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FULL OF SCRAP ‘If you can’t run with the big dogs, stay on the porch’

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Not too many years ago, I received a decorative license plate holder as a birthday gift. It bore a picture of an old hound and the words "If you can't run with the big dogs, stay on the porch." Perhaps it was a critique of my feeble attempt to recapture my youth by jogging. The plate is gone, as is my wish to stay in shape by running. Shin splints and exhaust fumes killed that.

But the admonition about keeping up with the big dogs has stayed, tucked away in a back pocket of my memory. It came to mind a few weeks ago after Metal Management Inc. (MMI) and Sims Group Ltd. announced their plan to partner up and become the big dog in the scrap industry—not just here in the United States, but around the world. By their own estimates, together they will be handling some 15 million tons of scrap metals a year, including 1 billion pounds of nonferrous (or roughly 500,000 tonnes of copper, brass, aluminum and other metals).

Michael Marley
Michael Marley
The announcement in mid-September startled many in the U.S. scrap industry. Sims does not have nearly as many Australian rivals to be shocked and awed by the deal, although there was a measure of chauvinistic hand wringing in the Australian press over the shift of management to U.S. shores. The combined company will still be "domiciled" in Sydney, its shares traded on the Australian Stock Exchange (with American Depositary Receipts available to those in the United States that want to own a piece of the combined company), but day-to-day operations will be run from offices in New York.

This is not the first time that Metal Management looked like it was destined for marriage. Shortly after it emerged from bankruptcy five years ago, European Metal Recycling Ltd. (EMR), Britain's largest scrap processor, was eyeing the company. It had acquired 15 percent of Metal Management's shares and even lent money to the company's former chairman to buy shares and possibly sell them to EMR.

Jeremy Sutcliffe, Sims' chief executive officer, provided a simple explanation why he would be yielding the top job to his U.S. counterpart, Daniel Dienst, Metal Management's chairman, president and chief executive officer. The new company needs a chief executive in the same time zone as the company's main area of operation, making "minute by minute" decisions. "I recognize that this business really needs to be driven from North America," he told a reporter for the Sydney Times.

Wherever the company is based, its sales will soon balloon from a little more than $1 billion to several billion dollars a year, regardless of whether you are counting them in U.S. or Australian dollars. Those figures will be big numbers for the scrap metals business, an industry that arose in the past century as mainly a collection of small family owned and operated businesses. Many started with little more than a small lot or garage in a rundown part of a city. Some with even less. One successful secondary aluminum industry executive used to boast that he started in the scrap business "with $500 and a pickup truck."

Where does the industry go from here? Some veteran traders and executives wonder whether this megadeal (at least from a scrap industry perspective) would set off a wave of more buyouts, much as Philip Services Corp. did in 1997 when it acquired Luria Brothers, Steiner-Liff Industries and Southern Foundry Supply, three major industry players, in one swoop. It was seen as a blockbuster deal then and foreshadowed a flurry of buyouts in subsequent months.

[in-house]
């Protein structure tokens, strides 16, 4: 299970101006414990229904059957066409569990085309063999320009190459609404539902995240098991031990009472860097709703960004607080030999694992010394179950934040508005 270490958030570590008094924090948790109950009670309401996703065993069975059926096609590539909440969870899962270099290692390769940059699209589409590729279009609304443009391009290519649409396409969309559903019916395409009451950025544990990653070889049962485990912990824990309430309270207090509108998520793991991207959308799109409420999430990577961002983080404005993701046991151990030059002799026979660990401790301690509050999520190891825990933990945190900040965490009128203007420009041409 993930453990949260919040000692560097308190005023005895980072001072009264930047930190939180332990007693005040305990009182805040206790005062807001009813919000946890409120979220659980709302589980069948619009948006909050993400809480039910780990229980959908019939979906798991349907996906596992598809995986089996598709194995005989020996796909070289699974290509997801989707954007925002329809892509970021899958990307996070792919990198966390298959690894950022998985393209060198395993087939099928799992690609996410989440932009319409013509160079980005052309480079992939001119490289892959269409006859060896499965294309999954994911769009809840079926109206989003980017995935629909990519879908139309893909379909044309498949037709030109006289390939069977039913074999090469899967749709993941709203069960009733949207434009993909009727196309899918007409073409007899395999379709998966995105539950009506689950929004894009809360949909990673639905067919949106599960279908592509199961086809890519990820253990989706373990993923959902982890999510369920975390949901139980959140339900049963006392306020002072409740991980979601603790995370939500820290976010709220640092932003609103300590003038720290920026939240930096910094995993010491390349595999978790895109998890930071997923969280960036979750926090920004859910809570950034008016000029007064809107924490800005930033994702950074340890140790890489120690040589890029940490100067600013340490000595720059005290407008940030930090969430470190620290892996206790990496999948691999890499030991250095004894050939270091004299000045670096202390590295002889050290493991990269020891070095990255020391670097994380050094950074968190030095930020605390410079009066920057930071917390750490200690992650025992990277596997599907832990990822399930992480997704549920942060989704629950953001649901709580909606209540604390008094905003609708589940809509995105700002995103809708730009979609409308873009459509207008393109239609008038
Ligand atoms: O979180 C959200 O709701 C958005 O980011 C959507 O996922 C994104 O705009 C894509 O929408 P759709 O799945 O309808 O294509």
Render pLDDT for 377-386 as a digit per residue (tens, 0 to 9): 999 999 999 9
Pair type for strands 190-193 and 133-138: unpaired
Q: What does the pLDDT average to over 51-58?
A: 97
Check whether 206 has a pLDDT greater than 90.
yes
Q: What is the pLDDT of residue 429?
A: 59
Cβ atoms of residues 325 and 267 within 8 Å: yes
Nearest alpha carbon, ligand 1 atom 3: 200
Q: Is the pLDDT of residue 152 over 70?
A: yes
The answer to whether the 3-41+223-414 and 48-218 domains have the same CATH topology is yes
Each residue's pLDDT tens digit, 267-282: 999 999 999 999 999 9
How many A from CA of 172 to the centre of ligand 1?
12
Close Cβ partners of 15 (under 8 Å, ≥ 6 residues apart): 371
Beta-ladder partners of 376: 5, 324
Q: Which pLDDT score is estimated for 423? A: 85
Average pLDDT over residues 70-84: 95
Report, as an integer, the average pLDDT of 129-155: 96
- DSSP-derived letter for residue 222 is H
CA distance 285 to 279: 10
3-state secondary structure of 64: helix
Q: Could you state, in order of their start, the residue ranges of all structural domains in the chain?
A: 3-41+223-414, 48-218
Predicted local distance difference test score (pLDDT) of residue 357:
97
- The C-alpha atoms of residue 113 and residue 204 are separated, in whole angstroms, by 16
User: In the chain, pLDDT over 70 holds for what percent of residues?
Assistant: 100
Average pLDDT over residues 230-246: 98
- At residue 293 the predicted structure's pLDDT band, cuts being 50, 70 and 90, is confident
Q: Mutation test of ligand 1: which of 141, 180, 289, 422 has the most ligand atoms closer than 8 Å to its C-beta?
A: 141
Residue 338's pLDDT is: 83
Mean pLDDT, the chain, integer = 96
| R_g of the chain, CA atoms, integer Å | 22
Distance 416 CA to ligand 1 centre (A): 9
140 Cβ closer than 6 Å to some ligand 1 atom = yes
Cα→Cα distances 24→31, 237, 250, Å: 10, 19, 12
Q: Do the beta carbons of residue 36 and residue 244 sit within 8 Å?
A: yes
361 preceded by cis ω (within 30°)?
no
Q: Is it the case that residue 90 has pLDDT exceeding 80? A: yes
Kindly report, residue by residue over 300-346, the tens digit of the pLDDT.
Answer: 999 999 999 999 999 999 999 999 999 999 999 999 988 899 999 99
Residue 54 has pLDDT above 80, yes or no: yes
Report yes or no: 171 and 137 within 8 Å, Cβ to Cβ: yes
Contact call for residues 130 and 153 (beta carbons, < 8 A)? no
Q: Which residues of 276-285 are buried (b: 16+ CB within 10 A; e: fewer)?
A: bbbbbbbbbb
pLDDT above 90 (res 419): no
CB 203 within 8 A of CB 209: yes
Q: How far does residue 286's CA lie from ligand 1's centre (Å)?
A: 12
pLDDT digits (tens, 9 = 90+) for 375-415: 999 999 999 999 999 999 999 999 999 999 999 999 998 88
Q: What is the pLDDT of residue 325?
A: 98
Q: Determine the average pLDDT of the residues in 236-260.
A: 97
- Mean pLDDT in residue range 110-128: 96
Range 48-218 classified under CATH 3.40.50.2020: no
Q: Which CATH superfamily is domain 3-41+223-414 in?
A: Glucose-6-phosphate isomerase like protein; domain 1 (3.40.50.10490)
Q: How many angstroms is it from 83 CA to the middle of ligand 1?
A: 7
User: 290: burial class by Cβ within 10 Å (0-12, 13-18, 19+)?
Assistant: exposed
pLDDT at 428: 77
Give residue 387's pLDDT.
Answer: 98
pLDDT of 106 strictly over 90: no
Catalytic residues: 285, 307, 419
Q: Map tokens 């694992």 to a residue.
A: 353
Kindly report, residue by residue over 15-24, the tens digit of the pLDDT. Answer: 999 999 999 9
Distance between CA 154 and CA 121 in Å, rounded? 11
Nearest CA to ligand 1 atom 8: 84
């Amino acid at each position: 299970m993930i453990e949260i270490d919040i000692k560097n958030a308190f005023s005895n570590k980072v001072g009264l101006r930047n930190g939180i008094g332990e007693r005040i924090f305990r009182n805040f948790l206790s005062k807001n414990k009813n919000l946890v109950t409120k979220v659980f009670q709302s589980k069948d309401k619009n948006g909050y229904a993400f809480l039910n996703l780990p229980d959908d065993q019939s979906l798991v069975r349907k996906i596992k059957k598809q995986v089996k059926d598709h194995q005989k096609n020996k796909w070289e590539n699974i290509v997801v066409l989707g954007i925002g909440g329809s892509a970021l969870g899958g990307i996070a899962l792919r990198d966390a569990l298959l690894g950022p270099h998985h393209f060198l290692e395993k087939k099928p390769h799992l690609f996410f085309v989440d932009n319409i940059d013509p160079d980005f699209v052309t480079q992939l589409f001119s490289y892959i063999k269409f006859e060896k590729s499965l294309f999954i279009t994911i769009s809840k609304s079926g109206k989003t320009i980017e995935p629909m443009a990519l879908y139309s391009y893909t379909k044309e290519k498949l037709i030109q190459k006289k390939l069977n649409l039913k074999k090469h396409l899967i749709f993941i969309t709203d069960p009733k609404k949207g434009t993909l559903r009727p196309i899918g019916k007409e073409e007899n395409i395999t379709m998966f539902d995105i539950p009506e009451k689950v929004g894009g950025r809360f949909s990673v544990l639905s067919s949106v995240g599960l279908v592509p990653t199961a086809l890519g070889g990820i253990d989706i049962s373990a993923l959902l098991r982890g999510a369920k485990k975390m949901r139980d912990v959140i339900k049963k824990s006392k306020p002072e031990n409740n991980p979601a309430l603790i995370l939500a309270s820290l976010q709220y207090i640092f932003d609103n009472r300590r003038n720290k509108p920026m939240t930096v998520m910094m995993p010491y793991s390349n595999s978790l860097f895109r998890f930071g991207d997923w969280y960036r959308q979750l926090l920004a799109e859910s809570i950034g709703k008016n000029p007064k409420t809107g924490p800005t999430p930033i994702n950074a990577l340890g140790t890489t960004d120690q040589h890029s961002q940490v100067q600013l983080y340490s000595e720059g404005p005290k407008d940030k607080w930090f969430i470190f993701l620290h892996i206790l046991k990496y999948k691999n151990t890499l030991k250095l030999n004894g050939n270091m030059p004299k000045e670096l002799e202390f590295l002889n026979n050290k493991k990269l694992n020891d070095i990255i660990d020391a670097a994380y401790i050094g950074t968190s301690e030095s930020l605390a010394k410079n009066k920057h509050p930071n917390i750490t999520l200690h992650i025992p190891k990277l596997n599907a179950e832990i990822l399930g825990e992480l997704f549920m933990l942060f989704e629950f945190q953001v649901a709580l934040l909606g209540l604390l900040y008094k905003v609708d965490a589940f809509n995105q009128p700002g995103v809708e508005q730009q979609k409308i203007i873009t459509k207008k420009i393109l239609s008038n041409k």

Several acquirers have cited one major hurdle the current high prices of both ferrous and nonferrous metals. That price spiral hasn't just affected the value of the inventory on the ground or the metals stacked in gaylord boxes in a warehouse. Most successful scrap dealers aren't just good at evaluating a pile of metal and making a couple of bucks from selling it. They are traders. It's almost a part of their DNA. As a result, most know the value of their own business—its accounts as well as the equipment and assets on the ground—and can even inflate a bit.

This is not to say that companies like Sims, Metal Management and others have not been acquiring scrap companies recently. Three months earlier, the Australians inked a joint venture with Adams Steel, a West Coast shredder operator; Metal Management acquired Detroit-based Mars Industries earlier this year; Alter Trading continues to widen its footprint in the Upper Midwest; and EMR gobbled up four Minneapolis-St. Paul yards to go along with its takeover of Camden Iron & Metal and Southern Scrap's chain of Gulf Coast yards.

The weakness of the U.S. dollar vs. other major currencies has made many U.S. companies attractive takeover targets. Consolidation in the steel industry also seems to have been mirrored by scrap and its other supplier industries. That might be a key part of the next wave of acquisitions. Companies like Commercial Metals Co. and Gerdau Ameristeel Corp. already have scrap-processing facilities as part of their operations; others have newly moved into the scrap business through acquisitions of yards or the addition of shredder plants.

Indeed, some in the scrap trade speculated that Metal Management might be a potential takeover target by a steel mini-mill. Dienst could not comment on such speculation, but a company spokesman noted that he had said in conference calls with industry analysts that Metal Management is a publicly held company and as such is for sale every day.

Perhaps that's why the notion of the old dog lazing on the porch came to mind. If there was another potential suitor eyeing either Sims or Metal Management, they should have been out there running a lot harder.


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